Gear for Landscape Photography
The must have Gear for Landscape Photography, a helpful guide for the Iceland En Route Photo Tours.
A great landscape photograph can capture the imagination and become a valuable memory of time spent in a foreign place. We are often asked regarding photography equipment and the essential gear to take a great landscape photo. You´ll require 4-5 essential equipment to be able to bring home the magic from Iceland.
Check out this short list of Gear for Landscape Photography:
The photographer and his eye or sense for the frame is the most important of all equipment as well as his sense for light and ability to recognize good light. Choose your frame very carefully and take your time to walk around and choose your topic. Look for a foreground element to include in the composition and convey a sense of scale. Anything can provide a sense of scale for the rest of the image, it can be a car, boat, tree, person etc. Choose the right time for that specific location and if you do not know the area find a native or local guide to assist you. Many of the best landscape photos are taken during sunrise and sunset when dramatic lighting paints the scene.
Any camera or phone will do for making a shot to share on Facebook or other social media but to elevate your photography skills to the next level, it is essential to have a camera that allows you to go off Auto settings and start shooting in Aperture or shutter Priority. The key to a great landscape photo is having sharp focus throughout your depth of field, that is everything from the leaf in the foreground to the distant mountain range should be in clear focus. One might say this is the second most important thing on the list over Gear for Landscape Photography = to have a proper camera. 🙂
Shooting in aperture or shutter speed priority allows you to choose the right focal ratio for the scene. You want a large focal ratio (the range of f/8 to f/16) to produce images with good depth of field and crisp focus.
Another setting in is ISO. This is the sensitivity of your camera’s sensor to light. Shooting with a low ISO delivers cleaner images (less noise/graininess). For better landscapes, try to shoot in as low ISO as you can (normally it´s around 100 or 200) .
The combination of a large focal ratio (f/8 or higher) and a low ISO (100 or 200) means longer exposures will be needed to make a very good photo. If you shoot landscapes at midday when the sun is high in the sky, there is more than enough ambient light to make a good image with very short exposures. But truly dramatic landscapes like in Iceland are often captured in very different lighting conditions, sunrise and sunset are very popular as mentioned before.
I prefer to shoot in cloudy skies rather than on a clear day as the clouds add an element of drama which can transform any view into a stunning image. but the downside is that under such conditions the available light is much lower and a photographic tripod becomes a necessity.
As mentioned earlier you´ll want to shoot in low light conditions during sunrise or sunset by using a large focal ratio and low ISO. The length of the exposure needed will be too long for anyone to steadily hold a camera in the hand. Mounting your camera on a tripod will keep it steady during very long exposures allowing you to record all the details. It allows you to take the time to carefully prepare the angle and the frame desired and lock down your camera in that position. A tripod is specially important for those who like to shoot HDR. You won´t be shooting spectacular photos if you forget to bring the tripod as a part of your gear for landscape photography.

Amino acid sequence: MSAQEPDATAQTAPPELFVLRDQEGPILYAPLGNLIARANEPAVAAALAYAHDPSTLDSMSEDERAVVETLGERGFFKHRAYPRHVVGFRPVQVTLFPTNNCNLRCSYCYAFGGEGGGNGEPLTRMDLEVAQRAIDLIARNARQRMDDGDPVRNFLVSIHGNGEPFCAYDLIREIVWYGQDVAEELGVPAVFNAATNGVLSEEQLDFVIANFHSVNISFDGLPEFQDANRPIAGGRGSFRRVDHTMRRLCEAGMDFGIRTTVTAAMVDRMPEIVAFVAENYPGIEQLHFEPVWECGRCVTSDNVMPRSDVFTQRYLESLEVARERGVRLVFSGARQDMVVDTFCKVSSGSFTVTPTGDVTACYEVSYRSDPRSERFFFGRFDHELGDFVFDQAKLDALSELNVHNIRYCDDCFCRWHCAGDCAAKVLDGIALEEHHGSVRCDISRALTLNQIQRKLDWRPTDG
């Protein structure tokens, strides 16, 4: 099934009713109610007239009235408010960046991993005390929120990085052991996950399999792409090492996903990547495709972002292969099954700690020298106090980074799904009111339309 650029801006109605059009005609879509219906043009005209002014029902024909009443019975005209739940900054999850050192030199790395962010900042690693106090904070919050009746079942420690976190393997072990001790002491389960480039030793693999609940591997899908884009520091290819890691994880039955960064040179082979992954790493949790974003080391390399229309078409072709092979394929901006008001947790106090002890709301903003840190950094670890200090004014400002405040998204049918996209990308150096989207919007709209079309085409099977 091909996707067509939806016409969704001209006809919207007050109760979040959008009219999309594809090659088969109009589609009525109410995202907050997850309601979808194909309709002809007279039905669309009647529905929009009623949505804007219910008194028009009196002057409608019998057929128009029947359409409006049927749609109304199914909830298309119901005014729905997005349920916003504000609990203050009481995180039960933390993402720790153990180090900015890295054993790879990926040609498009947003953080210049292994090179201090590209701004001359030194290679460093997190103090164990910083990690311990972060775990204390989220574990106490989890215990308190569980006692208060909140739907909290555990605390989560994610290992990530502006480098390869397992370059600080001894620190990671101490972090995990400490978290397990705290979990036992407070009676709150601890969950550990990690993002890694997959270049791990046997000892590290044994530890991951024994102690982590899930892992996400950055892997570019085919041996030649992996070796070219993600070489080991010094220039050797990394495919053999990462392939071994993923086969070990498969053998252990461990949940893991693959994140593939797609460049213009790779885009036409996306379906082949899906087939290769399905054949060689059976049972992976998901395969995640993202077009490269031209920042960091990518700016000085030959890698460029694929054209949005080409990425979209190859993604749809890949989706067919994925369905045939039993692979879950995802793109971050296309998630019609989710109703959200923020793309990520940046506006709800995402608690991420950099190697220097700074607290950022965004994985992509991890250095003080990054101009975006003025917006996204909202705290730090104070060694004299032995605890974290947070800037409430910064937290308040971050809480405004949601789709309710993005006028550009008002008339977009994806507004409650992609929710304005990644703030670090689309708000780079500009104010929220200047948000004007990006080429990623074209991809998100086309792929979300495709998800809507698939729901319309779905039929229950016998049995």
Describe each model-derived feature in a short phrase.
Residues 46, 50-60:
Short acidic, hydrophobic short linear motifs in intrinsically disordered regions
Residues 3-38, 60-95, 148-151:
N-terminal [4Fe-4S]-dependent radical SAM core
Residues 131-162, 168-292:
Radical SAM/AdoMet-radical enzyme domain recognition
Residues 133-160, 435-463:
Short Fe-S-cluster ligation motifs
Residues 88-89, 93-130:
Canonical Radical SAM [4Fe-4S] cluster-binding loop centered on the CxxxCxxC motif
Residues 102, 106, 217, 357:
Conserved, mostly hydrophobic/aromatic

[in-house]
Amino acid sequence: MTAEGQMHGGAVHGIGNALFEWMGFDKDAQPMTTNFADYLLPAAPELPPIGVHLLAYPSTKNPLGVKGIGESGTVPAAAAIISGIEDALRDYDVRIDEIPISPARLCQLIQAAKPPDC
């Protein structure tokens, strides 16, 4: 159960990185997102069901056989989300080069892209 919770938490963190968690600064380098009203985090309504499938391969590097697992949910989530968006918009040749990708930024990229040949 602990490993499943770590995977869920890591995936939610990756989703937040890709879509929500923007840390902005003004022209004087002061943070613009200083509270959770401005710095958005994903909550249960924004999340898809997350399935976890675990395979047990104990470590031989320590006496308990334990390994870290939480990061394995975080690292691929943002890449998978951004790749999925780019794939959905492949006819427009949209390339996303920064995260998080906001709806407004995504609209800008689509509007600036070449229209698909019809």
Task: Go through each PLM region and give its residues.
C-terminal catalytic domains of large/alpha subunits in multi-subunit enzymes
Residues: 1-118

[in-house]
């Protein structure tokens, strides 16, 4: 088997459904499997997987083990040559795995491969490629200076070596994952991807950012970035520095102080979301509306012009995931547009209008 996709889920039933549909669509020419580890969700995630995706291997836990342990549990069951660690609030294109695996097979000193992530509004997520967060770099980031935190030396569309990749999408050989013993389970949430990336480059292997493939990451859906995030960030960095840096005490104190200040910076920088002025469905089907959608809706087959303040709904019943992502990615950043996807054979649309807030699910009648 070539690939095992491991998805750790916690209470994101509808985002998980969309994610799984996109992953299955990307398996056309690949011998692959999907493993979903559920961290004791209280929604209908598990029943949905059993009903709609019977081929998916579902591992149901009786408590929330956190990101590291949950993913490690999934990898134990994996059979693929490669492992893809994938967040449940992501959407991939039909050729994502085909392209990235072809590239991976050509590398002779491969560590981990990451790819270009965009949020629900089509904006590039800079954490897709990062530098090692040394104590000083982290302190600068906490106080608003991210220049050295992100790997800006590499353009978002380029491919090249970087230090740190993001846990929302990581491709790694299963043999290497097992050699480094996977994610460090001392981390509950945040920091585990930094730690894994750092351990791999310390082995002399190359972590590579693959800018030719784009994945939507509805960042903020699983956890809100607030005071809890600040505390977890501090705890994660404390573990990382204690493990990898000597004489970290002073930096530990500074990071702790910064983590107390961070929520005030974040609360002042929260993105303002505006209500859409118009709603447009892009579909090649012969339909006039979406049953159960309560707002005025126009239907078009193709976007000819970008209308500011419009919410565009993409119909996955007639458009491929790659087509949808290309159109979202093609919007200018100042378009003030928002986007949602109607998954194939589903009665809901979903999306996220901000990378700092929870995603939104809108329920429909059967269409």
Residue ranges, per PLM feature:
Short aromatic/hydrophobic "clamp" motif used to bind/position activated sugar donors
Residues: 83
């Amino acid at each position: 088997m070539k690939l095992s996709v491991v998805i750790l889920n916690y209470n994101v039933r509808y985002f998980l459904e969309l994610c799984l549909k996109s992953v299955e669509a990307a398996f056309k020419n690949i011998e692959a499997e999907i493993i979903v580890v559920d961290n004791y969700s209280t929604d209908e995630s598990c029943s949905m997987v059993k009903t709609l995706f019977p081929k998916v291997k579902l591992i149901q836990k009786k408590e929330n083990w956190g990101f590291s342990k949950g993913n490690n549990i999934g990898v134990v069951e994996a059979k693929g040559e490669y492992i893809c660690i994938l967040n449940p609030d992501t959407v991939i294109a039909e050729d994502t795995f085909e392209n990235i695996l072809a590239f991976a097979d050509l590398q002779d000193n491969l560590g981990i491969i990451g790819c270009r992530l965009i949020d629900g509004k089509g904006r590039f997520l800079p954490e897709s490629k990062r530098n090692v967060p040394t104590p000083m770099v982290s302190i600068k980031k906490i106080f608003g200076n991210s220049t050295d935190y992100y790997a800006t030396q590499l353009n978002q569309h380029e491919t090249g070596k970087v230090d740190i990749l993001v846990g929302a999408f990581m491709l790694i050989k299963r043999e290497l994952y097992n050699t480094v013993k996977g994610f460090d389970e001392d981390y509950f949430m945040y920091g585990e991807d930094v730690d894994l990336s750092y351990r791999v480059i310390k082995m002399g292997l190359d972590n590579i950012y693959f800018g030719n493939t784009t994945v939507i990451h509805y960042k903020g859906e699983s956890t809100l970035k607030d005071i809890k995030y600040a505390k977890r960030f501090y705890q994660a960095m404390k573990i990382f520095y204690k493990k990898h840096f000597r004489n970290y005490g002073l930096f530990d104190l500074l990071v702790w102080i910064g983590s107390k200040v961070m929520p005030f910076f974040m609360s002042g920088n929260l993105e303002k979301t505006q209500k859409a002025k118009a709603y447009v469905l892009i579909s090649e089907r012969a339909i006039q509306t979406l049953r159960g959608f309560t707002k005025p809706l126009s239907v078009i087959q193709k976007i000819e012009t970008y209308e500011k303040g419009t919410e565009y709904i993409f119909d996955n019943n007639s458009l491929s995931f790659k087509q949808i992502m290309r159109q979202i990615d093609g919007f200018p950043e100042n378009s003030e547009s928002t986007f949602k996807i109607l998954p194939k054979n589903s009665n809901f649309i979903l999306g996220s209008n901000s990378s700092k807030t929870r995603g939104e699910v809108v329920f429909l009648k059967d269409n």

For landscape photography one of the most important pieces of equipment for a photographer is the lens. Lenses don´t come cheap as you know and if you don´t have room in your budget for purchasing many lenses here are a few points for you to consider. If you could only choose one lens then keep in mind that your most versatile lens will be a wide angle lens. Wide angle lens are short focal length lenses that deliver wide, true fields of view which allows greater flexibility in shooting magnificent landscape. I recommend a minimum focal length of 12 mm for cropped sensor camera and 18 mm for full-frame cameras. Their large apertures collect enough light to keep exposures brief, even in low light conditions. Large apertures demand a large front lens element, which is quite expensive. Because we are shooting at f/8 or greater, a lens with a maximum focal ratio of f/4 is all you need.
Filters can be a great tool for landscape photography and very useful, but they are not considered a part of the essential gear. For example filters are unnecessary in the right lighting situations and you might be able to compensate for the significant differences in brightness with photo editing.
One of the most useful filters are graduated neutral density (GND) filters and polarizing filters.
The Raincoat and cloth
In Icelandic weather conditions a good raincoat for the camera is a necessity. You´ll be likely to have rain at least once (or snow if you take the winter tour). A lens cloth is also something you can´t go with out, whether it´s raindrops or other smudges you get on your lens. Once it´s there, it ruins all your photos.
You see the list of gear for landscape photography is not complicated at all: You´ll do wonders with a camera with Aperture Priority, a camera tripod and a sharp wide angle lens.
We look forward to take you along on our photo tour.0